The entire symposium can be viewed in three parts via U-Stream:
The second big birthday bash happened this past Tuesday night at the Old Mint building in San Francisco. A group of more than a hundred gathered to celebrate the 100th anniversary of d’Arenberg, one of Australia’s most unique and iconic wineries. If not familiar, the winery was founded in 1912 by Joseph Osborn, a teetotaler and then director of Thomas Hardy and Sons winery. Osborn purchased the 60 acre Milton Vineyards in the hills just north of the townships of Gloucester and Bellevue, now known as McLaren Vale. Fruit was sold to local wineries until the construction of a cellar in 1928. In 1943 Frank’s son, Francis d’Arenberg Osborn (known as “d’Arry”), returned from school at age 16 to help his father run the business. d’Arry eventually assumed management in 1957, and in 1959 launched his own label called d’Arenberg, named after his mother Frances Helena d’Arenberg. The d’Arenberg wines quickly started winning medals in major competitions and within 20 years the winery gained both national and international recognition. The rest, as they say, is history.
Today Chester Osborn, the fourth generation, oversees winemaking duties. The vineyards are still located in McLaren Vale about an hour’s drive from Adelaide. The climate, while definitely hot during summer months, is all about diurnal shift as the nights are much cooler due to the proximity to the ocean. That makes for wines with high natural acidity regardless of the ripeness level--and high acidity means good balance and longevity, both hallmarks of the d’Arenberg wines.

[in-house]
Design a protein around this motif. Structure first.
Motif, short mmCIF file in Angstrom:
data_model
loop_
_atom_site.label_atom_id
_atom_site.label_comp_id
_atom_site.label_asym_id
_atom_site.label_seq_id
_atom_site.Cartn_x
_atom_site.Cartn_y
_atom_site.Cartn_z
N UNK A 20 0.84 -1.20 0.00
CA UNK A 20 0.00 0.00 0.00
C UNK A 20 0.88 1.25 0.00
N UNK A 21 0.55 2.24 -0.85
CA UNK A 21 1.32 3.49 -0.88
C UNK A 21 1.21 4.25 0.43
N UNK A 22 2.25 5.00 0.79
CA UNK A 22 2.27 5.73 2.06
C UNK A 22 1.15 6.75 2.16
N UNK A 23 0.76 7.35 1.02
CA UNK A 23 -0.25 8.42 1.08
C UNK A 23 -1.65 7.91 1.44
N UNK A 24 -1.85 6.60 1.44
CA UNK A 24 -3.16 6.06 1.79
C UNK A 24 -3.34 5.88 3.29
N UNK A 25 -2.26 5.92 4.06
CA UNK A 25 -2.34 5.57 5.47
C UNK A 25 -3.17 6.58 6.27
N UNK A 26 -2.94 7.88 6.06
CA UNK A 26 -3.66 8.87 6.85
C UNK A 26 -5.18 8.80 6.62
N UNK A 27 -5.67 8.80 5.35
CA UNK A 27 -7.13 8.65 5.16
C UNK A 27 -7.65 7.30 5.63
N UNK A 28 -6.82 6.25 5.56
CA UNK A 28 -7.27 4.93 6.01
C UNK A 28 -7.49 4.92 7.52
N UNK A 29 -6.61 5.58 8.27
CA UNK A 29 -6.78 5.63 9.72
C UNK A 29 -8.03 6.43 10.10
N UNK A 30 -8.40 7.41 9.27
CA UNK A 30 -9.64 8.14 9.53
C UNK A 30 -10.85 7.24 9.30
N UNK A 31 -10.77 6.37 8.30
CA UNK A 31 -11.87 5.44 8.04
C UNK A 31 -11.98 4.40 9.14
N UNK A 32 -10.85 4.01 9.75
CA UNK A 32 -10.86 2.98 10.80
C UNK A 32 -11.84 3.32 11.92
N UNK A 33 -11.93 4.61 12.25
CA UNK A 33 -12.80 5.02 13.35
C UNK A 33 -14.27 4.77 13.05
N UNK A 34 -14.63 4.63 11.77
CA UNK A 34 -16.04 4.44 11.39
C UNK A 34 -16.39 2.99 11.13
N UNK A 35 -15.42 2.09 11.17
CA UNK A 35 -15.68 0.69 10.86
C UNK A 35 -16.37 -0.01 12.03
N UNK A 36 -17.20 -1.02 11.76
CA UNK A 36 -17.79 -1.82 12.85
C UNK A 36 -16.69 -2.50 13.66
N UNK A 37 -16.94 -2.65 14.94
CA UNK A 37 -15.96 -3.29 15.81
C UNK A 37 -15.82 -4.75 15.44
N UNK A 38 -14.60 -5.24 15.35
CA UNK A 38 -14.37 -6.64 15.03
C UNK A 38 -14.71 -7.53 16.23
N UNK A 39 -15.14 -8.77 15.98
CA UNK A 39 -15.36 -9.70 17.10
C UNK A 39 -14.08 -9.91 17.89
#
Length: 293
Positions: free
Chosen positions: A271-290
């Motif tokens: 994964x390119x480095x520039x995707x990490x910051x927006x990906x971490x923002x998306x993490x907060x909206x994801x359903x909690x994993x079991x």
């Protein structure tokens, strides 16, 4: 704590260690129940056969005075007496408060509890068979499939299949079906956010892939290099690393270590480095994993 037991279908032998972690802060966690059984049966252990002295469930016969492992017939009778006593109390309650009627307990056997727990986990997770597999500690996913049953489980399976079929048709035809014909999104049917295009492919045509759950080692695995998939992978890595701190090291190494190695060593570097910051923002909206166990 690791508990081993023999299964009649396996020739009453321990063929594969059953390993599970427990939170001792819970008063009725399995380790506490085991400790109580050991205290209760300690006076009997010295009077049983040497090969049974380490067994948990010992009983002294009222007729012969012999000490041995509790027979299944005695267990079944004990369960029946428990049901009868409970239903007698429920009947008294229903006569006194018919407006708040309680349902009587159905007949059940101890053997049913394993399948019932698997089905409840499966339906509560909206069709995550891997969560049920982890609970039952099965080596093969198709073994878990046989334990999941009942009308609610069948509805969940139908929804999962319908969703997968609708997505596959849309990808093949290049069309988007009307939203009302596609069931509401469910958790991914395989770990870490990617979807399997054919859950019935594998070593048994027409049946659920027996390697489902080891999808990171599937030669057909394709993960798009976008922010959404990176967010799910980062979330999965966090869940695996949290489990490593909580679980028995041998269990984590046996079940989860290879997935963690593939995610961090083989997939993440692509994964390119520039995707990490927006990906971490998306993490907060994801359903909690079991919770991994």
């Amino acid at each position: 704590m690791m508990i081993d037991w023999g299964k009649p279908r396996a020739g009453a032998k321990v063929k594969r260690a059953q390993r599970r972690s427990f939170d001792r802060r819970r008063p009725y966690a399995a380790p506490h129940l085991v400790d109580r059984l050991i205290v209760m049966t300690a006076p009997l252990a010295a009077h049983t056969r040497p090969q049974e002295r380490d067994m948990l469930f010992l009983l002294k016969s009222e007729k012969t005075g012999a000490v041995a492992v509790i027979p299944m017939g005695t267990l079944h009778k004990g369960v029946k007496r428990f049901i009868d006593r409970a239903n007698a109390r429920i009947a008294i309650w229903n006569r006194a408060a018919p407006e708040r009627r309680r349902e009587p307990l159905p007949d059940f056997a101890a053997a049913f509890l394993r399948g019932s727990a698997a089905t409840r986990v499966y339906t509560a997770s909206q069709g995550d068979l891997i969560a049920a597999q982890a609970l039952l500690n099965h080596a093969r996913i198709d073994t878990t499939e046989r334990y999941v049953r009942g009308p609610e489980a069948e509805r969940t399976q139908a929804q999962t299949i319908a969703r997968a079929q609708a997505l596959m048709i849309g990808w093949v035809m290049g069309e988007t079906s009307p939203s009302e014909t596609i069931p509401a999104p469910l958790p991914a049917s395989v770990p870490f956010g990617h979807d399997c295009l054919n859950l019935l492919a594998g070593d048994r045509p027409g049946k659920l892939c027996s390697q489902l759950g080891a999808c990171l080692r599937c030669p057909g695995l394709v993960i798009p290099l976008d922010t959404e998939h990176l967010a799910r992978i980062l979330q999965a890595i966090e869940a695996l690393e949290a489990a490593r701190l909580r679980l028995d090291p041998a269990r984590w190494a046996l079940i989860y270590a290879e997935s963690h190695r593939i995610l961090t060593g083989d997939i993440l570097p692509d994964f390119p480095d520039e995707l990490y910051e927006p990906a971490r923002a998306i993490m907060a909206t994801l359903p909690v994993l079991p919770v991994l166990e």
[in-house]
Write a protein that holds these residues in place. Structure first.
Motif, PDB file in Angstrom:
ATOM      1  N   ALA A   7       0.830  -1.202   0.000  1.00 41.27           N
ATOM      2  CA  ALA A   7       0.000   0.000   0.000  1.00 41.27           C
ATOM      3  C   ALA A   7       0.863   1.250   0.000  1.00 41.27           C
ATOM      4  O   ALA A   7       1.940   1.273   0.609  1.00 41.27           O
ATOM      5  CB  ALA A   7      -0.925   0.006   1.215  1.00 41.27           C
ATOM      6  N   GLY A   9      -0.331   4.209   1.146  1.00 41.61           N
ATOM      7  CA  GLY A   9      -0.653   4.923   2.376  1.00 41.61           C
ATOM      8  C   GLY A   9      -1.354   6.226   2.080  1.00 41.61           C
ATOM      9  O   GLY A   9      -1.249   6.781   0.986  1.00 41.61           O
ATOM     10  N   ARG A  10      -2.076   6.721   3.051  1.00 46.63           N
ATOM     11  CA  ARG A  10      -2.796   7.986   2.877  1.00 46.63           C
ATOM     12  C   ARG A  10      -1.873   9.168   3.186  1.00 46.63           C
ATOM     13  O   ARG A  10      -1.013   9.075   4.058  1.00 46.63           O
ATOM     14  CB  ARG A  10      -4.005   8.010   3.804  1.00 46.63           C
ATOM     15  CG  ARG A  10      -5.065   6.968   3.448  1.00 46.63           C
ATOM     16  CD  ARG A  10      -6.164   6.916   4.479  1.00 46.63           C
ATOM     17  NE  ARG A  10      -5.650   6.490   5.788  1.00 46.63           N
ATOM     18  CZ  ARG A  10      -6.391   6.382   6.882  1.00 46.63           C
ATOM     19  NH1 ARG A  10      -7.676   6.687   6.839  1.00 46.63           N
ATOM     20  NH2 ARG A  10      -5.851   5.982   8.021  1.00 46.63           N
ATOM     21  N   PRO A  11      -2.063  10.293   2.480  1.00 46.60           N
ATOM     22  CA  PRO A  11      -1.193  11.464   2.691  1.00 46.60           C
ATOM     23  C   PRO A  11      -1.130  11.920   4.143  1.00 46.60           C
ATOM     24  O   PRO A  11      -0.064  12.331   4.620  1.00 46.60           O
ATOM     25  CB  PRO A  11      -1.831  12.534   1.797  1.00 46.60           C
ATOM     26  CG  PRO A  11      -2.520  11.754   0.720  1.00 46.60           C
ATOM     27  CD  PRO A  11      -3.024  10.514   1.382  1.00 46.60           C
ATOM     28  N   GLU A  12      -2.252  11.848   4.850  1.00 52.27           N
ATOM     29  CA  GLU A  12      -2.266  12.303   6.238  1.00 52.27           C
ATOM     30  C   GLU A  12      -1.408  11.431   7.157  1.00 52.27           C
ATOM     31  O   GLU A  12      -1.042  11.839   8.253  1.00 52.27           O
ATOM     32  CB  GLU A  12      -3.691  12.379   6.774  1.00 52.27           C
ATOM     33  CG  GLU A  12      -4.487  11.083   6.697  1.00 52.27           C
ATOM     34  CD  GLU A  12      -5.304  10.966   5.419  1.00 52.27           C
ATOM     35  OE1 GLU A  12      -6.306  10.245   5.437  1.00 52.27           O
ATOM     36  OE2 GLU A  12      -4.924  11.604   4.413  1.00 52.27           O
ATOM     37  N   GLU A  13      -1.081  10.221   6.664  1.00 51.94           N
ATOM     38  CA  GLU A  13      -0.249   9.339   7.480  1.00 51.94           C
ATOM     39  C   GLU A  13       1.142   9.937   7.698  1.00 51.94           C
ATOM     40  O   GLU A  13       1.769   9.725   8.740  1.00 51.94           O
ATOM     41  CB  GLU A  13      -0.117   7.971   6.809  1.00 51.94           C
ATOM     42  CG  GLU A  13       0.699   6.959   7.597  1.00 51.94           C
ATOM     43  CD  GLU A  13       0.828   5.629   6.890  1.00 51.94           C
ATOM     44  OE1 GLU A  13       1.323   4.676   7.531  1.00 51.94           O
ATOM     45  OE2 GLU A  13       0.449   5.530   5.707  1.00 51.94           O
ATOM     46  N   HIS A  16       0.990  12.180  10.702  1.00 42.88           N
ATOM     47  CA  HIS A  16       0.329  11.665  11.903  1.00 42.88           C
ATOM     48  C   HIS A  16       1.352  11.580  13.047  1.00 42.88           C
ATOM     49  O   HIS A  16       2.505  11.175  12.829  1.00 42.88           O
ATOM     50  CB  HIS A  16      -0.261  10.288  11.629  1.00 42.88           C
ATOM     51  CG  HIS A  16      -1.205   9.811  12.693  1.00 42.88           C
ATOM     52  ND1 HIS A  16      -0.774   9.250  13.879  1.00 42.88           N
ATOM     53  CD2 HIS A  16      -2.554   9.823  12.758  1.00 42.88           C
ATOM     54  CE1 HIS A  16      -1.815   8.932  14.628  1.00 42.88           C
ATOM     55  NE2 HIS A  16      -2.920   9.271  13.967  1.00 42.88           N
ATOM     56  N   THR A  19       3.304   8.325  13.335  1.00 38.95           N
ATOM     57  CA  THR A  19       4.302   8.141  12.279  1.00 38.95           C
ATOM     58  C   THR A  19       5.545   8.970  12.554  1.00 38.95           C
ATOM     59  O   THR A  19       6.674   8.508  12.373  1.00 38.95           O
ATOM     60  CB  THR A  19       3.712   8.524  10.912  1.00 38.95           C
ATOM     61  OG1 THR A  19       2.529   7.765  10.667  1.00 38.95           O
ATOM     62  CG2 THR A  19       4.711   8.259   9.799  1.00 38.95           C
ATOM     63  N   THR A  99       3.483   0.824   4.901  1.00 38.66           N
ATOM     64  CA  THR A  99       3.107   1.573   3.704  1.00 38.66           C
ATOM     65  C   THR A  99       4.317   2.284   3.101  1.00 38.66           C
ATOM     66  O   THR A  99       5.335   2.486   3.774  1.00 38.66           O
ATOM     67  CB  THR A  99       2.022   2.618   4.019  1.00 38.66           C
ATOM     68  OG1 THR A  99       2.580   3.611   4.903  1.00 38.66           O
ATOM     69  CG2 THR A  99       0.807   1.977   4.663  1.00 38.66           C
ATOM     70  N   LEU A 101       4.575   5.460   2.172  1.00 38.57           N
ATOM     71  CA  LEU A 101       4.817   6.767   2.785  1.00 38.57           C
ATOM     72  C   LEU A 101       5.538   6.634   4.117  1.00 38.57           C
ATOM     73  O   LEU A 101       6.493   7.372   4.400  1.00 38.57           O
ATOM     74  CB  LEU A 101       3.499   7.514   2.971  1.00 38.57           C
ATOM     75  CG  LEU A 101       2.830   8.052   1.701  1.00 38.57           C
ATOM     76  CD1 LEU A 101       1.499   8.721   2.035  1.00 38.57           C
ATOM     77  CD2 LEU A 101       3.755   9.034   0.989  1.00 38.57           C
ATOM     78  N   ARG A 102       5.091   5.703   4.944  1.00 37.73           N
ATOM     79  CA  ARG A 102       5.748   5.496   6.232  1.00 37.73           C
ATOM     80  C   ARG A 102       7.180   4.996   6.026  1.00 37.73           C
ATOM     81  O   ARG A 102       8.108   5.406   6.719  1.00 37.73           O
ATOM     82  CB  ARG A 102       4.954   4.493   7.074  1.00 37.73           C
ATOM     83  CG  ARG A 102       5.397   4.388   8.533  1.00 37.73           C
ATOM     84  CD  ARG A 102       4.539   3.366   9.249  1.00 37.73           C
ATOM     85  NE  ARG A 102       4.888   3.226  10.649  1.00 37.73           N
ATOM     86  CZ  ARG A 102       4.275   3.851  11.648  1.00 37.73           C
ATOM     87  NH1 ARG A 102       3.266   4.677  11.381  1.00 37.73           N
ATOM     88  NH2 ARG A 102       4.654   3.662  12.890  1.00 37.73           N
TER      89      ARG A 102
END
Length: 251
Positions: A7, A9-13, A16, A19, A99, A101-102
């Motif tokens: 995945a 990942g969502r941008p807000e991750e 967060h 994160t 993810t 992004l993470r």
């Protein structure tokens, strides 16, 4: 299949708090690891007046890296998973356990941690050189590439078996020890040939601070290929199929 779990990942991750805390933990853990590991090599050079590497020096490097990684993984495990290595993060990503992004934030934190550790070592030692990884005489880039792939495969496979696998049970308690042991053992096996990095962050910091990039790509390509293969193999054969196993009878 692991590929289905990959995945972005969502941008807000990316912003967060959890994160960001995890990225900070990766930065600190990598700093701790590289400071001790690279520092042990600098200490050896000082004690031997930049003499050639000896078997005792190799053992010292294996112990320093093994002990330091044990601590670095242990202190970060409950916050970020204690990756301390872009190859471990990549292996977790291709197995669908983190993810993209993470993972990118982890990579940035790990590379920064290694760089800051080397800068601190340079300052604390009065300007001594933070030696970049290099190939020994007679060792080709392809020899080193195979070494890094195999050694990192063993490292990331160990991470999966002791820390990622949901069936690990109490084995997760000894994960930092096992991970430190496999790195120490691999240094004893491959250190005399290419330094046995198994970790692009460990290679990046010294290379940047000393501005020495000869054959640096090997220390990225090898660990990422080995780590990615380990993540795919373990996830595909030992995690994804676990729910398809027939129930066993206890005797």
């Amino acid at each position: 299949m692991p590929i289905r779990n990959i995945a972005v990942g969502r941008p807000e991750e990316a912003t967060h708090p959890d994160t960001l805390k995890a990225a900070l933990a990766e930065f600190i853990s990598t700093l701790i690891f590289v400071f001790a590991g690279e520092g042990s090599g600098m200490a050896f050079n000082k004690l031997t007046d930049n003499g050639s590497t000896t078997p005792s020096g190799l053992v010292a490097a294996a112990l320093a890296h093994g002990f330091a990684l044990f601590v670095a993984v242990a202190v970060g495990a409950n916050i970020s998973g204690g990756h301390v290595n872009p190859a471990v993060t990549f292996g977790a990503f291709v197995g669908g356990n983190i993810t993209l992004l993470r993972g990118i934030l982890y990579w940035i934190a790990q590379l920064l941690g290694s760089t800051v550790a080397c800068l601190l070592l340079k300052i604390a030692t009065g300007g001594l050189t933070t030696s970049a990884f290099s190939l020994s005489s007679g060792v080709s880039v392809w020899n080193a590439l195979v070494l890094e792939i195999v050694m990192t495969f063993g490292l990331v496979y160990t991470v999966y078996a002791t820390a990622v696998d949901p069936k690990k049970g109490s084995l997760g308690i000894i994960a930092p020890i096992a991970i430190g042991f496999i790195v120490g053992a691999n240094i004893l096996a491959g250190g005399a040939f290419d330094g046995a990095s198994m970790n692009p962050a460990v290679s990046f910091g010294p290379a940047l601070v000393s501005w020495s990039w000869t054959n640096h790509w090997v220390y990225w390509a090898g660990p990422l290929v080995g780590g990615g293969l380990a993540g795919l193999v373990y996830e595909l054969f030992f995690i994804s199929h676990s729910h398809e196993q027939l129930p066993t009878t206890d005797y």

Chester makes as many as 16 different wines in any one vintage, from a Pinot Meunier-based sparkler all the way to a tawny port-styled fortified sticky. My favorites over the years have been the Riesling called the “Dry Dam,” the old vines Grenache called the “Custodian,” and the reserve Cabernet called “Dead Arm.” It goes without saying that all the d’Arenberg wines have quirky names with a story behind each. Beyond that, Chester is all about sustainable practices in the vineyard, and minimal--and I do mean minimal--intervention in the winery. In terms of the latter, only traditional basket presses are used and the wines are rarely, if ever, racked during barrel aging. That’s because Chester believes a certain amount of reduction is needed to offset the natural oxidation that a barrel environment provides.
The event started off with a tasting of over 40 wines including older vintages as well as newly released Shiraz and Grenache vineyard designates from the 2010 vintage. Here are notes on my favorites:
2004 “Dry Dam” Riesling: quintessential Aussie light saber Riesling with intense lime and mineral flavors and atom-smashing acidity.
2002 "Thieving Magpie" Shiraz-Viognier: projectile blueberry and violet plasma. Amazing aromatics with a seamless, spicy, and delicious palate. Hedonistic.
2001 "Galvo Garage": a Cabernet blend with Merlot and Cabernet Franc. There’s a common notion that Aussie wines don’t age well and that the Cabernets are second rate. I think we can toss both ideas out in the backyard next to the square wheel and the eight track player. At 11 years young the Galvo is vibrant, harmonious, and just starting to show its stuff.
2010 “The Beautiful View" Grenache: wild strawberry jam meets a pepper grinder beneath a grove of eucalyptus trees. Rich, juicy, spicy, and savory.
2010 “The Vociferate Dipsomaniac” Shiraz: an immensely concentrated red with dark fruit compote, exotic Asian spices, and savory herb notes. Think Humvee in ballet slippers. Shameless. Take cover.
Cheers! Happy 100th to both the Wente clone and d’Arenberg. Here’s to 100 more!